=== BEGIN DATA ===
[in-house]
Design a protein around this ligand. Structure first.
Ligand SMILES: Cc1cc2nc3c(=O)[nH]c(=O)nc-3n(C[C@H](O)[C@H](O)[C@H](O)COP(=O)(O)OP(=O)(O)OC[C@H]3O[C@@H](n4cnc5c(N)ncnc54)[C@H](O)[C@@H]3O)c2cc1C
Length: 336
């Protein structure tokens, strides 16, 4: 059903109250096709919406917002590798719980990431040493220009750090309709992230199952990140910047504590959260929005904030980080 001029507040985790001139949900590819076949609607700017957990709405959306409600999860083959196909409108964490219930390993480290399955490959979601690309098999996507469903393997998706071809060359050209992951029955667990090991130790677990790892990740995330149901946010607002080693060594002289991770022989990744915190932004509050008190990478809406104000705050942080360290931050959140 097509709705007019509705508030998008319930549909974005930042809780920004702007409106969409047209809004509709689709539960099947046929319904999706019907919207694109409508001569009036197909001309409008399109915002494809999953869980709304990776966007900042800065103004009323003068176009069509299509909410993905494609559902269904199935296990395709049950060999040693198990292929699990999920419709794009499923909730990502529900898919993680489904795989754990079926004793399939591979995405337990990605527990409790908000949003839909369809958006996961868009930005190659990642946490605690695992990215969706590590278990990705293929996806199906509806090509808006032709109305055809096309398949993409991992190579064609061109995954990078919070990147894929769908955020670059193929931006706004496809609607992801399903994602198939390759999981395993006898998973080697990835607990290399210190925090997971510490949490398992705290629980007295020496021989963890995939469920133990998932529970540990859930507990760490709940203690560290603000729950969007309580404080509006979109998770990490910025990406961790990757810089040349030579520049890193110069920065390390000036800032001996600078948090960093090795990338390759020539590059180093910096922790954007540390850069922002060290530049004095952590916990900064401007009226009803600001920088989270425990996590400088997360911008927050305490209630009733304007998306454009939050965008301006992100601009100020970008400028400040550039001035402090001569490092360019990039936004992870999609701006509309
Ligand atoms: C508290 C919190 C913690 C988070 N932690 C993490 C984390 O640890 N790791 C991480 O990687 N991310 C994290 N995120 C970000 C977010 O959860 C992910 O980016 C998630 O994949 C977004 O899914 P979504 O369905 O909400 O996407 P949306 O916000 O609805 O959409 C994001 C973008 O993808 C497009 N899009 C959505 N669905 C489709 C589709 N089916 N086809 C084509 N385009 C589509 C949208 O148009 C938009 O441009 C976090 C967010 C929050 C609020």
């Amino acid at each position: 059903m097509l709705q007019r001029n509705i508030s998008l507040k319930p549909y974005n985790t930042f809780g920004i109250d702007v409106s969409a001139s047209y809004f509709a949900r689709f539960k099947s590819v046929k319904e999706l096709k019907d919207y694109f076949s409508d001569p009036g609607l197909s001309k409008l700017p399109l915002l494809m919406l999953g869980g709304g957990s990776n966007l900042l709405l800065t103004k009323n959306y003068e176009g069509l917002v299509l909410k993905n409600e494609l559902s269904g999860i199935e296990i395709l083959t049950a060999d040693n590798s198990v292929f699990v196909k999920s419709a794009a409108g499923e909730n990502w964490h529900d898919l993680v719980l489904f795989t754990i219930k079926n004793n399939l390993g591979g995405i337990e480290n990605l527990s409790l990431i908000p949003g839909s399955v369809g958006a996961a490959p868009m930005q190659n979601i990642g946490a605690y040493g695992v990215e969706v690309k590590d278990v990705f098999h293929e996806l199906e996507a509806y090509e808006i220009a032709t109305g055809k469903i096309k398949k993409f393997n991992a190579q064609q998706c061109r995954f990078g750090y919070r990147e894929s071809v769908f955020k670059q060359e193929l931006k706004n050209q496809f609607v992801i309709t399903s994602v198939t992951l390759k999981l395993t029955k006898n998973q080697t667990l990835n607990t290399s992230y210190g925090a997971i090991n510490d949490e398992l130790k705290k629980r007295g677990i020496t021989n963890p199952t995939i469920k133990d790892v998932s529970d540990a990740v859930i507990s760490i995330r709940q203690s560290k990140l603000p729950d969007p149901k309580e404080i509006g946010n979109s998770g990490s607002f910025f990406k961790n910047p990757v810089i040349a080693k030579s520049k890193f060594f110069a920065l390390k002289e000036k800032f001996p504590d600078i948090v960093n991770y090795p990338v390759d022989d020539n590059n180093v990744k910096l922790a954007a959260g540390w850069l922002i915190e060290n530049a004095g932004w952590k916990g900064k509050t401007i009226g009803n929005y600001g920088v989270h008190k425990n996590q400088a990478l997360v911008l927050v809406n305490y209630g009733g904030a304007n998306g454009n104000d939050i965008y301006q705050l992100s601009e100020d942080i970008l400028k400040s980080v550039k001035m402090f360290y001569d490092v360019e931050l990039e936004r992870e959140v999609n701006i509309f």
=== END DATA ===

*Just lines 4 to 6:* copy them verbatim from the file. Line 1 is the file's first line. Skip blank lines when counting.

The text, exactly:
Length: 336
């Protein structure tokens, strides 16, 4: 059903109250096709919406917002590798719980990431040493220009750090309709992230199952990140910047504590959260929005904030980080 001029507040985790001139949900590819076949609607700017957990709405959306409600999860083959196909409108964490219930390993480290399955490959979601690309098999996507469903393997998706071809060359050209992951029955667990090991130790677990790892990740995330149901946010607002080693060594002289991770022989990744915190932004509050008190990478809406104000705050942080360290931050959140 097509709705007019509705508030998008319930549909974005930042809780920004702007409106969409047209809004509709689709539960099947046929319904999706019907919207694109409508001569009036197909001309409008399109915002494809999953869980709304990776966007900042800065103004009323003068176009069509299509909410993905494609559902269904199935296990395709049950060999040693198990292929699990999920419709794009499923909730990502529900898919993680489904795989754990079926004793399939591979995405337990990605527990409790908000949003839909369809958006996961868009930005190659990642946490605690695992990215969706590590278990990705293929996806199906509806090509808006032709109305055809096309398949993409991992190579064609061109995954990078919070990147894929769908955020670059193929931006706004496809609607992801399903994602198939390759999981395993006898998973080697990835607990290399210190925090997971510490949490398992705290629980007295020496021989963890995939469920133990998932529970540990859930507990760490709940203690560290603000729950969007309580404080509006979109998770990490910025990406961790990757810089040349030579520049890193110069920065390390000036800032001996600078948090960093090795990338390759020539590059180093910096922790954007540390850069922002060290530049004095952590916990900064401007009226009803600001920088989270425990996590400088997360911008927050305490209630009733304007998306454009939050965008301006992100601009100020970008400028400040550039001035402090001569490092360019990039936004992870999609701006509309
Ligand atoms: C508290 C919190 C913690 C988070 N932690 C993490 C984390 O640890 N790791 C991480 O990687 N991310 C994290 N995120 C970000 C977010 O959860 C992910 O980016 C998630 O994949 C977004 O899914 P979504 O369905 O909400 O996407 P949306 O916000 O609805 O959409 C994001 C973008 O993808 C497009 N899009 C959505 N669905 C489709 C589709 N089916 N086809 C084509 N385009 C589509 C949208 O148009 C938009 O441009 C976090 C967010 C929050 C609020």